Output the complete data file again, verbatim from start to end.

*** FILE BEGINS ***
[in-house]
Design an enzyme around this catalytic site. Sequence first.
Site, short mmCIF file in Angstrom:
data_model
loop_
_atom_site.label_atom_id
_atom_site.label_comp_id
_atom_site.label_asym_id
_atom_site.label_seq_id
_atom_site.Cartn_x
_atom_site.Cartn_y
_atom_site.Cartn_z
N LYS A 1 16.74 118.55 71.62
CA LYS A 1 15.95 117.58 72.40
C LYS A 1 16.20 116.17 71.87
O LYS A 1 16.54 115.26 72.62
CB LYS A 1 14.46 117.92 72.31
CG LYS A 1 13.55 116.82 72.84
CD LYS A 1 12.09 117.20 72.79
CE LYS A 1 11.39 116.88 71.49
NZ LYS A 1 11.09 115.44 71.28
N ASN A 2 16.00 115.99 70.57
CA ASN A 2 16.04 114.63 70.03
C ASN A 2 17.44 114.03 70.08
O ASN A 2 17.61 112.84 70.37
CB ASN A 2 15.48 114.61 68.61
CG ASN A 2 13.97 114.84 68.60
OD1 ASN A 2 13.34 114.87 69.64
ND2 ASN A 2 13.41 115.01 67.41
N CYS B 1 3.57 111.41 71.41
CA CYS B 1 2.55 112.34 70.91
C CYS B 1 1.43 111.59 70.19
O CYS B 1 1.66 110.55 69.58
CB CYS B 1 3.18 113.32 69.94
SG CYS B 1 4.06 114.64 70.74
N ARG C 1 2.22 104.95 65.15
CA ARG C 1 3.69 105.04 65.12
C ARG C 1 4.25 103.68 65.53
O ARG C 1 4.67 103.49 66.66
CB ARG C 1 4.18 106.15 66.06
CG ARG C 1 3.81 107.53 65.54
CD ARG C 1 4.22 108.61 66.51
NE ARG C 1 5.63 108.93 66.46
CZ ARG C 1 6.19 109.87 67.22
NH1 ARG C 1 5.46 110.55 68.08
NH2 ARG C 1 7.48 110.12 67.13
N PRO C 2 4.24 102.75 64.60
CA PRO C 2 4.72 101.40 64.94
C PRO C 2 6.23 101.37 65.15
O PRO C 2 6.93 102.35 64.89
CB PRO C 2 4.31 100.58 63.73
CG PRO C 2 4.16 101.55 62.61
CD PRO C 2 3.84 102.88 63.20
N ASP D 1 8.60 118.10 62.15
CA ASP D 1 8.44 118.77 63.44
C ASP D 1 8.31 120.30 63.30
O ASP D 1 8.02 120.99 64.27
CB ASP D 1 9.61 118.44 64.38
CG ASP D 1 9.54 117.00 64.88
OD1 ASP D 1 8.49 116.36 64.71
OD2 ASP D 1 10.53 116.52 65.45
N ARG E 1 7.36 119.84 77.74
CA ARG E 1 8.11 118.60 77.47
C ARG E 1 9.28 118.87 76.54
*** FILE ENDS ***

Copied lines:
[in-house]
Design an enzyme around this catalytic site. Sequence first.
Site, short mmCIF file in Angstrom:
data_model
loop_
_atom_site.label_atom_id
_atom_site.label_comp_id
_atom_site.label_asym_id
_atom_site.label_seq_id
_atom_site.Cartn_x
_atom_site.Cartn_y
_atom_site.Cartn_z
N LYS A 1 16.74 118.55 71.62
CA LYS A 1 15.95 117.58 72.40
C LYS A 1 16.20 116.17 71.87
O LYS A 1 16.54 115.26 72.62
CB LYS A 1 14.46 117.92 72.31
CG LYS A 1 13.55 116.82 72.84
CD LYS A 1 12.09 117.20 72.79
CE LYS A 1 11.39 116.88 71.49
NZ LYS A 1 11.09 115.44 71.28
N ASN A 2 16.00 115.99 70.57
CA ASN A 2 16.04 114.63 70.03
C ASN A 2 17.44 114.03 70.08
O ASN A 2 17.61 112.84 70.37
CB ASN A 2 15.48 114.61 68.61
CG ASN A 2 13.97 114.84 68.60
OD1 ASN A 2 13.34 114.87 69.64
ND2 ASN A 2 13.41 115.01 67.41
N CYS B 1 3.57 111.41 71.41
CA CYS B 1 2.55 112.34 70.91
C CYS B 1 1.43 111.59 70.19
O CYS B 1 1.66 110.55 69.58
CB CYS B 1 3.18 113.32 69.94
SG CYS B 1 4.06 114.64 70.74
N ARG C 1 2.22 104.95 65.15
CA ARG C 1 3.69 105.04 65.12
C ARG C 1 4.25 103.68 65.53
O ARG C 1 4.67 103.49 66.66
CB ARG C 1 4.18 106.15 66.06
CG ARG C 1 3.81 107.53 65.54
CD ARG C 1 4.22 108.61 66.51
NE ARG C 1 5.63 108.93 66.46
CZ ARG C 1 6.19 109.87 67.22
NH1 ARG C 1 5.46 110.55 68.08
NH2 ARG C 1 7.48 110.12 67.13
N PRO C 2 4.24 102.75 64.60
CA PRO C 2 4.72 101.40 64.94
C PRO C 2 6.23 101.37 65.15
O PRO C 2 6.93 102.35 64.89
CB PRO C 2 4.31 100.58 63.73
CG PRO C 2 4.16 101.55 62.61
CD PRO C 2 3.84 102.88 63.20
N ASP D 1 8.60 118.10 62.15
CA ASP D 1 8.44 118.77 63.44
C ASP D 1 8.31 120.30 63.30
O ASP D 1 8.02 120.99 64.27
CB ASP D 1 9.61 118.44 64.38
CG ASP D 1 9.54 117.00 64.88
OD1 ASP D 1 8.49 116.36 64.71
OD2 ASP D 1 10.53 116.52 65.45
N ARG E 1 7.36 119.84 77.74
CA ARG E 1 8.11 118.60 77.47
C ARG E 1 9.28 118.87 76.54